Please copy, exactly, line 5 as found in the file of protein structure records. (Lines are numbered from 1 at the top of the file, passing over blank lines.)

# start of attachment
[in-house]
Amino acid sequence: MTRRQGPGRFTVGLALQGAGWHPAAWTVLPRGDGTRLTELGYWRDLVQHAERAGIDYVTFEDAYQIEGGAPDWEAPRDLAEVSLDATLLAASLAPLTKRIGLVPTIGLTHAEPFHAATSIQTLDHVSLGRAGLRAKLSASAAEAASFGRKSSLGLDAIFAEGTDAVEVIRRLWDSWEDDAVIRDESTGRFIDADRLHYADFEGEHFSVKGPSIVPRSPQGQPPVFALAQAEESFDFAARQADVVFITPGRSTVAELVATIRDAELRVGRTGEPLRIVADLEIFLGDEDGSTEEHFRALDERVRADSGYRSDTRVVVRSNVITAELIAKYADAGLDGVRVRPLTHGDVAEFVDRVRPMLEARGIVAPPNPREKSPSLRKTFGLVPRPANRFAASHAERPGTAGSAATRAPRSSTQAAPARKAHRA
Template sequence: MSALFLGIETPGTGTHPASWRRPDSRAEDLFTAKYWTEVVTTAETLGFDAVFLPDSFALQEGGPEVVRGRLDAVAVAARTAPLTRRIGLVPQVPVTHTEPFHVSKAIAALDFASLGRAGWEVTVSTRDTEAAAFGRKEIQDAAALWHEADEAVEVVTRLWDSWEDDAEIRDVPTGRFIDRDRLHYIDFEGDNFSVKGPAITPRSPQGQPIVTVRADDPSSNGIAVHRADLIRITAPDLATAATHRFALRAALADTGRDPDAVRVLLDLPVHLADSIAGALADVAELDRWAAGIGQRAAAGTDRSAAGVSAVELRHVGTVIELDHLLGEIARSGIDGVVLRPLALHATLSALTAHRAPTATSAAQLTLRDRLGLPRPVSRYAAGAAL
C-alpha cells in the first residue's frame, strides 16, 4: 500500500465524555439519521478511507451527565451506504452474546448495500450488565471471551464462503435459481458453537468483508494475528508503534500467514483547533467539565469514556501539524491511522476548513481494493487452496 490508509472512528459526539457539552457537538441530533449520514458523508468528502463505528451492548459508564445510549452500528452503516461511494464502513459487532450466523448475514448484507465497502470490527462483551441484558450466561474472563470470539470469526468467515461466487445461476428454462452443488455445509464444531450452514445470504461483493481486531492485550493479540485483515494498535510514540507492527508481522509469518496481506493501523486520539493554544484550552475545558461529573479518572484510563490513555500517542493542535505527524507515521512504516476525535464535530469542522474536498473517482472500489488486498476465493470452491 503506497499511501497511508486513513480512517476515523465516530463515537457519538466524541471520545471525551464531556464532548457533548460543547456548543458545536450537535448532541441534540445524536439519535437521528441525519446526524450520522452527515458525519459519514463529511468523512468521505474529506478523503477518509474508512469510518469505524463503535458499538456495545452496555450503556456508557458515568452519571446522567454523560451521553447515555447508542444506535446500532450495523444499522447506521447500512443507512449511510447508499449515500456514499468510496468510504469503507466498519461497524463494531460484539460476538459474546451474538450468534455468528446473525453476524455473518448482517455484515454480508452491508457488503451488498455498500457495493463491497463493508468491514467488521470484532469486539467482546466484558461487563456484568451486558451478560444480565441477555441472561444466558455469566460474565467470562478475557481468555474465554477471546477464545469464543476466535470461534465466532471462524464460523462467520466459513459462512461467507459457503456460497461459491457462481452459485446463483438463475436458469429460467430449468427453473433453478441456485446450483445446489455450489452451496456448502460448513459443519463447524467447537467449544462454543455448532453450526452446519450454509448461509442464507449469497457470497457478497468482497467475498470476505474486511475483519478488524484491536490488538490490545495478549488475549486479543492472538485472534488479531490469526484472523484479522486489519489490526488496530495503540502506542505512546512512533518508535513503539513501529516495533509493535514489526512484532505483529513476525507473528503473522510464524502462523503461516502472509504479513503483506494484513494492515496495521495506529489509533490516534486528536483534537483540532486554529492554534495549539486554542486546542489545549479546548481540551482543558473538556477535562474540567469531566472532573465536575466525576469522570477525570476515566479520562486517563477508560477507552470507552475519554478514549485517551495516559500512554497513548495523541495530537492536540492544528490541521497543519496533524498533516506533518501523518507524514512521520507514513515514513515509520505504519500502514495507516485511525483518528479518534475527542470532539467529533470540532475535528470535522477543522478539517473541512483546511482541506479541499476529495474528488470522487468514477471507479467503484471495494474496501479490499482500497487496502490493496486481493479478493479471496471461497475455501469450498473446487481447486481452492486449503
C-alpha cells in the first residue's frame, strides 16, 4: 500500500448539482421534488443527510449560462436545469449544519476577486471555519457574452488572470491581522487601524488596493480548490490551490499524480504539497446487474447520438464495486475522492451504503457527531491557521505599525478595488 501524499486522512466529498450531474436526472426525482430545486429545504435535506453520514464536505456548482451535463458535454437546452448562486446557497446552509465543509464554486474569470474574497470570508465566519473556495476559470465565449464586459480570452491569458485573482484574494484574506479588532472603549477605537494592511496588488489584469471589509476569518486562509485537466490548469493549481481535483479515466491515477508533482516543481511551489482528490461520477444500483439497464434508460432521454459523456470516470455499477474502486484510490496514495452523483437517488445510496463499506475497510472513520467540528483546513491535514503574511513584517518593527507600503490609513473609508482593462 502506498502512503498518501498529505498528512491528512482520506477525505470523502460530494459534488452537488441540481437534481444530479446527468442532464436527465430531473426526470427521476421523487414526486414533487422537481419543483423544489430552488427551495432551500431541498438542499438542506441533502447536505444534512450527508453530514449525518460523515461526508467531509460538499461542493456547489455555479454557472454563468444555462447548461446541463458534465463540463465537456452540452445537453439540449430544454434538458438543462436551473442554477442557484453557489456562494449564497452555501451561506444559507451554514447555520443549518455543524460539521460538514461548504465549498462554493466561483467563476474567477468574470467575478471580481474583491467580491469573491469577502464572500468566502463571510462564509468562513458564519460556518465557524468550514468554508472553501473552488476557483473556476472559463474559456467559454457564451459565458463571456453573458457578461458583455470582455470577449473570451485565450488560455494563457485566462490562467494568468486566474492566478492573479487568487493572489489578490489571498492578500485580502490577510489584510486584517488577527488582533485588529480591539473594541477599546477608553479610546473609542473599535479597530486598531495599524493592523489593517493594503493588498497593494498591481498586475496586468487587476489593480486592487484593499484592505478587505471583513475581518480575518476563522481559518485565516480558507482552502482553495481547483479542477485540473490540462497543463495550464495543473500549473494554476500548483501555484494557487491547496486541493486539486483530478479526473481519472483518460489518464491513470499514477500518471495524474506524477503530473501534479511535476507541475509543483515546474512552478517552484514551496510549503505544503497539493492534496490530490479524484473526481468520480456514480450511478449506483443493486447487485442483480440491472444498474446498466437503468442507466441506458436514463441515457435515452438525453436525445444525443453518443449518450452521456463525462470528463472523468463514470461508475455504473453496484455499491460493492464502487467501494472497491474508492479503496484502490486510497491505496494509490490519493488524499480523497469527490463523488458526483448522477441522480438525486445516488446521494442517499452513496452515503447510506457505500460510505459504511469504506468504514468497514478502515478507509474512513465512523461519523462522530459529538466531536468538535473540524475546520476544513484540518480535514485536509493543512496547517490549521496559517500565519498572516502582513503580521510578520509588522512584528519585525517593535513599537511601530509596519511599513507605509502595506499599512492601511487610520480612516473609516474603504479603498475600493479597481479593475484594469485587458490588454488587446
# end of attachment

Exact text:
C-alpha cells in the first residue's frame, strides 16, 4: 500500500448539482421534488443527510449560462436545469449544519476577486471555519457574452488572470491581522487601524488596493480548490490551490499524480504539497446487474447520438464495486475522492451504503457527531491557521505599525478595488 501524499486522512466529498450531474436526472426525482430545486429545504435535506453520514464536505456548482451535463458535454437546452448562486446557497446552509465543509464554486474569470474574497470570508465566519473556495476559470465565449464586459480570452491569458485573482484574494484574506479588532472603549477605537494592511496588488489584469471589509476569518486562509485537466490548469493549481481535483479515466491515477508533482516543481511551489482528490461520477444500483439497464434508460432521454459523456470516470455499477474502486484510490496514495452523483437517488445510496463499506475497510472513520467540528483546513491535514503574511513584517518593527507600503490609513473609508482593462 502506498502512503498518501498529505498528512491528512482520506477525505470523502460530494459534488452537488441540481437534481444530479446527468442532464436527465430531473426526470427521476421523487414526486414533487422537481419543483423544489430552488427551495432551500431541498438542499438542506441533502447536505444534512450527508453530514449525518460523515461526508467531509460538499461542493456547489455555479454557472454563468444555462447548461446541463458534465463540463465537456452540452445537453439540449430544454434538458438543462436551473442554477442557484453557489456562494449564497452555501451561506444559507451554514447555520443549518455543524460539521460538514461548504465549498462554493466561483467563476474567477468574470467575478471580481474583491467580491469573491469577502464572500468566502463571510462564509468562513458564519460556518465557524468550514468554508472553501473552488476557483473556476472559463474559456467559454457564451459565458463571456453573458457578461458583455470582455470577449473570451485565450488560455494563457485566462490562467494568468486566474492566478492573479487568487493572489489578490489571498492578500485580502490577510489584510486584517488577527488582533485588529480591539473594541477599546477608553479610546473609542473599535479597530486598531495599524493592523489593517493594503493588498497593494498591481498586475496586468487587476489593480486592487484593499484592505478587505471583513475581518480575518476563522481559518485565516480558507482552502482553495481547483479542477485540473490540462497543463495550464495543473500549473494554476500548483501555484494557487491547496486541493486539486483530478479526473481519472483518460489518464491513470499514477500518471495524474506524477503530473501534479511535476507541475509543483515546474512552478517552484514551496510549503505544503497539493492534496490530490479524484473526481468520480456514480450511478449506483443493486447487485442483480440491472444498474446498466437503468442507466441506458436514463441515457435515452438525453436525445444525443453518443449518450452521456463525462470528463472523468463514470461508475455504473453496484455499491460493492464502487467501494472497491474508492479503496484502490486510497491505496494509490490519493488524499480523497469527490463523488458526483448522477441522480438525486445516488446521494442517499452513496452515503447510506457505500460510505459504511469504506468504514468497514478502515478507509474512513465512523461519523462522530459529538466531536468538535473540524475546520476544513484540518480535514485536509493543512496547517490549521496559517500565519498572516502582513503580521510578520509588522512584528519585525517593535513599537511601530509596519511599513507605509502595506499599512492601511487610520480612516473609516474603504479603498475600493479597481479593475484594469485587458490588454488587446